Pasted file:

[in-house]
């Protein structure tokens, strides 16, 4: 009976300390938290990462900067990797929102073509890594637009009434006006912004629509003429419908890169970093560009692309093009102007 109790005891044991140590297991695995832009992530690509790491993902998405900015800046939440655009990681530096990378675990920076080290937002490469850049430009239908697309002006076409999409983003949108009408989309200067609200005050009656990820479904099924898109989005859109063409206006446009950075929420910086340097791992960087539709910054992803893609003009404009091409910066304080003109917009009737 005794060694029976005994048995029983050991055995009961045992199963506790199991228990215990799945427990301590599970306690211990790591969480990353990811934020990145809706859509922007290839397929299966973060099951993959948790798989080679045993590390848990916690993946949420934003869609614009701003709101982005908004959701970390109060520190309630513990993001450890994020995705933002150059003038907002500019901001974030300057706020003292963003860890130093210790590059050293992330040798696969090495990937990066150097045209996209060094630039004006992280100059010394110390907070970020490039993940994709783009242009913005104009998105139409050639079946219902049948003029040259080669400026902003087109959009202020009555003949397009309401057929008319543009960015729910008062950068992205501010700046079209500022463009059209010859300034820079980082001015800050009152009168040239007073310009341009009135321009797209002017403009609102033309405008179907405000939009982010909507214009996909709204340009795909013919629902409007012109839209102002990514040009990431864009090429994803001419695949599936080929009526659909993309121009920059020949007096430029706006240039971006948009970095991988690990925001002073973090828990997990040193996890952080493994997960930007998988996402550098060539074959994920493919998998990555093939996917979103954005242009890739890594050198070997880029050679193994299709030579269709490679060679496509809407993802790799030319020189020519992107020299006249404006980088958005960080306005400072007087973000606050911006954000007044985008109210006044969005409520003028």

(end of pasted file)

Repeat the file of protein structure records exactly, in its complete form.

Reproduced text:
[in-house]
């Protein structure tokens, strides 16, 4: 009976300390938290990462900067990797929102073509890594637009009434006006912004629509003429419908890169970093560009692309093009102007 109790005891044991140590297991695995832009992530690509790491993902998405900015800046939440655009990681530096990378675990920076080290937002490469850049430009239908697309002006076409999409983003949108009408989309200067609200005050009656990820479904099924898109989005859109063409206006446009950075929420910086340097791992960087539709910054992803893609003009404009091409910066304080003109917009009737 005794060694029976005994048995029983050991055995009961045992199963506790199991228990215990799945427990301590599970306690211990790591969480990353990811934020990145809706859509922007290839397929299966973060099951993959948790798989080679045993590390848990916690993946949420934003869609614009701003709101982005908004959701970390109060520190309630513990993001450890994020995705933002150059003038907002500019901001974030300057706020003292963003860890130093210790590059050293992330040798696969090495990937990066150097045209996209060094630039004006992280100059010394110390907070970020490039993940994709783009242009913005104009998105139409050639079946219902049948003029040259080669400026902003087109959009202020009555003949397009309401057929008319543009960015729910008062950068992205501010700046079209500022463009059209010859300034820079980082001015800050009152009168040239007073310009341009009135321009797209002017403009609102033309405008179907405000939009982010909507214009996909709204340009795909013919629902409007012109839209102002990514040009990431864009090429994803001419695949599936080929009526659909993309121009920059020949007096430029706006240039971006948009970095991988690990925001002073973090828990997990040193996890952080493994997960930007998988996402550098060539074959994920493919998998990555093939996917979103954005242009890739890594050198070997880029050679193994299709030579269709490679060679496509809407993802790799030319020189020519992107020299006249404006980088958005960080306005400072007087973000606050911006954000007044985008109210006044969005409520003028």